The Rosemary Hedge

Brooke here.

I’m going to do this post out of order, as I need to find some older photos. This is the post about the second attempt at building a rosemary hedge.

Here’s what it looks like today:

rosemarytop

It took a while to get to this point. There’s a rock wall behind the hedge, which was built at the same time as this one. I’ll find the photos of that build someday, as it was an event. It’s a heavy-duty wall which replaces one built by the previous owners. The bottom two layers are made from 1’x2′ slabs of concrete that were left over from the pool deck renovation, and the decorative top layers are made from the same stones as the other wall.

hedge1

The idea was to hide the fugly concrete slabs beneath evergreen rosemary. I chose salem rosemary for the hedge, which is supposed to be local to the Winston-Salem area of North Carolina. There’s a mockup Days-o’-Yore mini-village in Winston-Salem, and this particular rosemary originates from its garden…or so the story goes. I have no idea whether it’s true, or a fake factoid used to sell plants out of their gardens. I got them because they were cheap at the farmers’ market and they won’t grow over 24″, which makes them perfect for a low-level hedge.

Except they didn’t want to grow.

hedge2

I knew that rosemary could grow in this area, as there was a mature shrub there when we moved in. That was Before Dogs, who quickly murdered it. These new rosemary springs were in a heavy dog traffic zone and got trampled on the daily. Plus, the soil was mostly clay, which rosemary doesn’t like at all.

So I dug them up, and went to build them their own rosemary bed.

First came more rocks. I went back to the local stone store and asked if they had anything they wanted to unload. Yes, yes they did.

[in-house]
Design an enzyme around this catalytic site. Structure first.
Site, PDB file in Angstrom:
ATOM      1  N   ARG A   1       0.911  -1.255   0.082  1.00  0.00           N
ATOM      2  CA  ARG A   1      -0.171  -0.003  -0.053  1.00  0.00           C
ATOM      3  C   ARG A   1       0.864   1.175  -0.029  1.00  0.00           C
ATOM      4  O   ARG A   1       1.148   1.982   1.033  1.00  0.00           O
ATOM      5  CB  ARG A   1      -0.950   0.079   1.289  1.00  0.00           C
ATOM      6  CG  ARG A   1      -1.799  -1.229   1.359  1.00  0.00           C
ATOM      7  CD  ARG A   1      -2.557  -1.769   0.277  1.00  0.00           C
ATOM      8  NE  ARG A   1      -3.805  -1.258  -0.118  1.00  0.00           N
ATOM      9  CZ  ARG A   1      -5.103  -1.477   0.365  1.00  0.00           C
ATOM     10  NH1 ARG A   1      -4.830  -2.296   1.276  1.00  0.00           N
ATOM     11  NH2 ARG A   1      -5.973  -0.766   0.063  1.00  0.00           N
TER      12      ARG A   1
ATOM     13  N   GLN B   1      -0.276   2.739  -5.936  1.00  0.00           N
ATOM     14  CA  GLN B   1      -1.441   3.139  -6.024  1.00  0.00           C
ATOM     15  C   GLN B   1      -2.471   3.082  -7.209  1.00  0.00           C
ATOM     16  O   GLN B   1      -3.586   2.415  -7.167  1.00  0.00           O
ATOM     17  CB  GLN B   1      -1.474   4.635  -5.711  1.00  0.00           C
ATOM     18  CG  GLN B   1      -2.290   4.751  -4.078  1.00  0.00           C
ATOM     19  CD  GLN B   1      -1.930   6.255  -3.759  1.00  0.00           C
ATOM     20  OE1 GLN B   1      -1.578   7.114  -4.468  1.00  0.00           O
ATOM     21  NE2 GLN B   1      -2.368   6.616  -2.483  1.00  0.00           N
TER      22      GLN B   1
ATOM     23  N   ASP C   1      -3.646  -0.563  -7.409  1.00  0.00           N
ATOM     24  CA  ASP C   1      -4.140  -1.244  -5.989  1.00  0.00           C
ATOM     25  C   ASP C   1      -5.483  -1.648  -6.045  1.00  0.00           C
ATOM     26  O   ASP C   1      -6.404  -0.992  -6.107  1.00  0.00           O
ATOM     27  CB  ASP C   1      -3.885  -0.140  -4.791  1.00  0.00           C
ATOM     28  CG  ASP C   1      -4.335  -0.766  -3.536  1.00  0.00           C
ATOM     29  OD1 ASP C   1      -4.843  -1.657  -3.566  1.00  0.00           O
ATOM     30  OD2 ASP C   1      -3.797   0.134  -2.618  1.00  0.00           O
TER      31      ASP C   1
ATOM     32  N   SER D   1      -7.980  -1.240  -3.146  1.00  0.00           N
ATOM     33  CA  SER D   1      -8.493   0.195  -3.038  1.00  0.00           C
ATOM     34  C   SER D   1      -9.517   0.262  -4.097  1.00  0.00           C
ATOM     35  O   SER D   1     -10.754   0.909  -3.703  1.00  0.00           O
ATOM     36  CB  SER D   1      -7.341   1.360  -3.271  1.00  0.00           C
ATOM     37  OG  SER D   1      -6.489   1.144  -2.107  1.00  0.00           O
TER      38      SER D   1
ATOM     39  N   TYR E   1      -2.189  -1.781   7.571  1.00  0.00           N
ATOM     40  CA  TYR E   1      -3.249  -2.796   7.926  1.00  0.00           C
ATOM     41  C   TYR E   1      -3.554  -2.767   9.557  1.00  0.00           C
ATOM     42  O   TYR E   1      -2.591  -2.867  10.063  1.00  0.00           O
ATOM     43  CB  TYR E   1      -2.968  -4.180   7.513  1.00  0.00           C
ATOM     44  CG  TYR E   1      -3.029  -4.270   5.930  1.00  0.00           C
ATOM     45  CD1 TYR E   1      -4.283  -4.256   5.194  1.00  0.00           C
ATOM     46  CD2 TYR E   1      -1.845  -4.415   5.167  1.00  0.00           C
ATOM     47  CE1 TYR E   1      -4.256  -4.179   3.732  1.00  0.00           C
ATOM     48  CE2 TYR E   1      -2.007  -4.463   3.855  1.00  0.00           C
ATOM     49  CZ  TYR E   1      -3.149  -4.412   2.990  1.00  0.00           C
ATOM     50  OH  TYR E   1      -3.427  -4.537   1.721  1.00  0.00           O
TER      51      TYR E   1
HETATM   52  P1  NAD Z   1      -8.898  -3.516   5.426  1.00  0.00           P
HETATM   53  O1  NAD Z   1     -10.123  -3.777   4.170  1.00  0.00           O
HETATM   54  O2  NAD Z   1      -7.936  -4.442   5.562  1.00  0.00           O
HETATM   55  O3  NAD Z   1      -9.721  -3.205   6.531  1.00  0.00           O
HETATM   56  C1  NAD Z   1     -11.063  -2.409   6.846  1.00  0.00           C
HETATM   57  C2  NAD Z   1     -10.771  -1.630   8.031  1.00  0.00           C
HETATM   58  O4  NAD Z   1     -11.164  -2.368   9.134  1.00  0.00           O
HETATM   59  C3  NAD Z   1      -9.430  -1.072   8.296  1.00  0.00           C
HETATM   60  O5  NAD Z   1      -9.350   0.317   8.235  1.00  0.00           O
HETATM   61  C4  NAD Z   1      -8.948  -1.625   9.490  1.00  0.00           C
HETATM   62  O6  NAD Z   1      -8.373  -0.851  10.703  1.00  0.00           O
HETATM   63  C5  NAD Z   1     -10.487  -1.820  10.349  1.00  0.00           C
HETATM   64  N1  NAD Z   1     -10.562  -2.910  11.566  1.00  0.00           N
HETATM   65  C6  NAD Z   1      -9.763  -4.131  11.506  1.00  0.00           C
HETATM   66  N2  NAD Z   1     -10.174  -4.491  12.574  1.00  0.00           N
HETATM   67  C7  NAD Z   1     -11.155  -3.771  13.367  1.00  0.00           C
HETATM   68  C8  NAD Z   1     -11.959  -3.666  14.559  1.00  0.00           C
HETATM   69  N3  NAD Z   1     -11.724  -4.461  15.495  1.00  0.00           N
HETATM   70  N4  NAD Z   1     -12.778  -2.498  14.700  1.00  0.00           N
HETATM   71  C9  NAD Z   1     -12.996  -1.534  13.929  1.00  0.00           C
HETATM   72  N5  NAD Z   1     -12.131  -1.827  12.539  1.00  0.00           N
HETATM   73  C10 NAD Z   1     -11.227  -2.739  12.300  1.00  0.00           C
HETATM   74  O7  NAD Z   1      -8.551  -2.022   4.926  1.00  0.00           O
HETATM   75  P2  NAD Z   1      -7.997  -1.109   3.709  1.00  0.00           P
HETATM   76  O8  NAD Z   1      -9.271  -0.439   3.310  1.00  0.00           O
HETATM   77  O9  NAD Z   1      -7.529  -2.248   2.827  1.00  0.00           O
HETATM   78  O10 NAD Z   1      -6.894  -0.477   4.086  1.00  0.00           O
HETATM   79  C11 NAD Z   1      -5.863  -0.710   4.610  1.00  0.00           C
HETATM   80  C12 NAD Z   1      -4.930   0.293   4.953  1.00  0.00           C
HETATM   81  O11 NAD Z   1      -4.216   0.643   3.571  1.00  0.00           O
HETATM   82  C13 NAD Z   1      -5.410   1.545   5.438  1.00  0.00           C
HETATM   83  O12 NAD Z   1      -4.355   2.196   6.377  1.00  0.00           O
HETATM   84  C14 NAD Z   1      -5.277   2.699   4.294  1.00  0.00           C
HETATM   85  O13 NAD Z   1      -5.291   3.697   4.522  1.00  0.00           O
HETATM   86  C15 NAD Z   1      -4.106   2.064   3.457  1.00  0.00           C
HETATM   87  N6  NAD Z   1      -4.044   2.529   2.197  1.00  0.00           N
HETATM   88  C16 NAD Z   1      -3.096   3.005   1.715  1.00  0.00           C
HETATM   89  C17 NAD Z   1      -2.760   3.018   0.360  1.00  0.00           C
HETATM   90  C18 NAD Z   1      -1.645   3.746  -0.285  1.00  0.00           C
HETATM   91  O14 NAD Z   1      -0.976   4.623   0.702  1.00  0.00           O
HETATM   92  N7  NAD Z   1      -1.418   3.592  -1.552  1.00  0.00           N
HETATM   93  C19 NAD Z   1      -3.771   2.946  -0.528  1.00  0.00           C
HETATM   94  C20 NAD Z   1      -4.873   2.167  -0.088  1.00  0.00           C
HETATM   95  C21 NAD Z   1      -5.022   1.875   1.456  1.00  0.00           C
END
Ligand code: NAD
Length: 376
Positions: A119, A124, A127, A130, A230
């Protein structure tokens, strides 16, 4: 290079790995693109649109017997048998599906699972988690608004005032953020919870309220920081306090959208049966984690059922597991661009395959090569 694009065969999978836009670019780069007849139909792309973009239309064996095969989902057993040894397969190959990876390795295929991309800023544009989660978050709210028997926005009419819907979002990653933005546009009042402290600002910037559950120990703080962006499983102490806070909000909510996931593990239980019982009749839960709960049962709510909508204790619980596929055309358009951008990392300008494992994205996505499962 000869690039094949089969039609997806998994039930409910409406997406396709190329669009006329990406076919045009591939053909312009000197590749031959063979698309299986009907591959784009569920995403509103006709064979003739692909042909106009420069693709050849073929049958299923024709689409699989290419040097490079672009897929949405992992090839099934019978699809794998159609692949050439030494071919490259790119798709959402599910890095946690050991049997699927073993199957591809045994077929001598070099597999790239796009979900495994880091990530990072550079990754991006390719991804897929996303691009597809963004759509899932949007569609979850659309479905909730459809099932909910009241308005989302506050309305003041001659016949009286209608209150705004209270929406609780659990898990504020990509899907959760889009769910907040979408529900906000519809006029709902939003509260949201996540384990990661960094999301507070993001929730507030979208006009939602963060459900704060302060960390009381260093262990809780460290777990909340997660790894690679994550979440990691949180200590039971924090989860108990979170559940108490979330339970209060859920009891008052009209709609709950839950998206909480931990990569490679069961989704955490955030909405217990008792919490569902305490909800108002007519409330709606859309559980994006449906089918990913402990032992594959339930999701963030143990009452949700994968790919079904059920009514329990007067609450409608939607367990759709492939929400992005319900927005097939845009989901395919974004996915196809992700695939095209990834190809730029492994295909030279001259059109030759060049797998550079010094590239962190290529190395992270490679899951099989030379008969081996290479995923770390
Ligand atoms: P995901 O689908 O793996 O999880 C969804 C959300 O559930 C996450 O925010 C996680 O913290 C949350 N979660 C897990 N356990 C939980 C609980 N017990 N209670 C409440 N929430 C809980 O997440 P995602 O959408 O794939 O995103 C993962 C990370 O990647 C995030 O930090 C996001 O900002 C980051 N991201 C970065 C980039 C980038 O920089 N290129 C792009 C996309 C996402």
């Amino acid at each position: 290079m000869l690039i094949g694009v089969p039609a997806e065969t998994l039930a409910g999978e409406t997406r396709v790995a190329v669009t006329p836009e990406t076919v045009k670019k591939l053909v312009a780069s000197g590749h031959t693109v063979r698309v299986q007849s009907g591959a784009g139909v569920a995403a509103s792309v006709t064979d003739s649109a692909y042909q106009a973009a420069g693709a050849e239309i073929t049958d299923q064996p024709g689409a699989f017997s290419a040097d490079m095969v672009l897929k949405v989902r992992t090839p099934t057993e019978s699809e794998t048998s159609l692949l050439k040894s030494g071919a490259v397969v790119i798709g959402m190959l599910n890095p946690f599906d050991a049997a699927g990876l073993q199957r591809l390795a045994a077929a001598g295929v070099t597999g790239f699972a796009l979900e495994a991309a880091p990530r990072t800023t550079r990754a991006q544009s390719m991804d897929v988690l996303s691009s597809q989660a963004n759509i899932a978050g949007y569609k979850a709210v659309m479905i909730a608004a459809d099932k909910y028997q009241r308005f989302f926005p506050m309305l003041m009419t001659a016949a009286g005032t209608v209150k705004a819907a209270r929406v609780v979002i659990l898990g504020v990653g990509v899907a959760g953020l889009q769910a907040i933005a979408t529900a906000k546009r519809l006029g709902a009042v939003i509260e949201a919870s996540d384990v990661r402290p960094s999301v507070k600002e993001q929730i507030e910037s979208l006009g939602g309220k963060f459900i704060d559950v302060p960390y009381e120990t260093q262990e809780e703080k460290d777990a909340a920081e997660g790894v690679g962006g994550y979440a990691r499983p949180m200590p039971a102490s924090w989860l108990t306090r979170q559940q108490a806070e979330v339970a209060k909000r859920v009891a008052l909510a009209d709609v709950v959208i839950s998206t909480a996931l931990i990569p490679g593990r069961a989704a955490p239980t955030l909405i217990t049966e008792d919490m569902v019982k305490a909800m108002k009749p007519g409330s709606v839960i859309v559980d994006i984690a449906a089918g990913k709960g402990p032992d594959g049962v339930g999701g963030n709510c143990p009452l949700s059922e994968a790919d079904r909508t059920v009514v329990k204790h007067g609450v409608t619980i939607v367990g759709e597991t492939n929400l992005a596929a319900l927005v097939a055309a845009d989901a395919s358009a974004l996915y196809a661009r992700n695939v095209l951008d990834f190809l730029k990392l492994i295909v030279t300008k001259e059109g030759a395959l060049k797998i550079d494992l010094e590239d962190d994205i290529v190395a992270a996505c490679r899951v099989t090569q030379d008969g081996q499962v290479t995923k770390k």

rock

Then, I built a smaller secondary rock wall. As this wall didn’t need to function as a retaining wall, I got to experiment with cute, but basically useless, flat stones.

rosemary3

Once the lower wall was built, I mixed up the nastiest dirt I could in the wheelbarrow, a blend of topsoil, clay, sand, and brick chips. Perfect for rosemary, which loves good drainage and benign neglect.

dirt

I lined the bed with garden fabric to hold the filth mixture in place, and replanted the rosemary. Then I added some mulch, and waited two years to take this photo. Easy as…well. Not easy at all, really, but it looks nice!

rosemary1.jpg

As this wall wasn’t built for strength like the others, I’ve been having some problems with it. Every winter, the freeze/thaw cycle knocks those flat stones off their bases. It’s not too much effort to seat them back in place, but that’s yet another chore and I’m getting annoyed with those. I might break this wall down and rebuild it someday. Not this summer, though.

5 thoughts on “The Rosemary Hedge

  1. (I might regret this, .. oh who am I kidding)

    So, your sage advice is to take Rosemary, add 2 years of thyme and presto parsley you have a garden?

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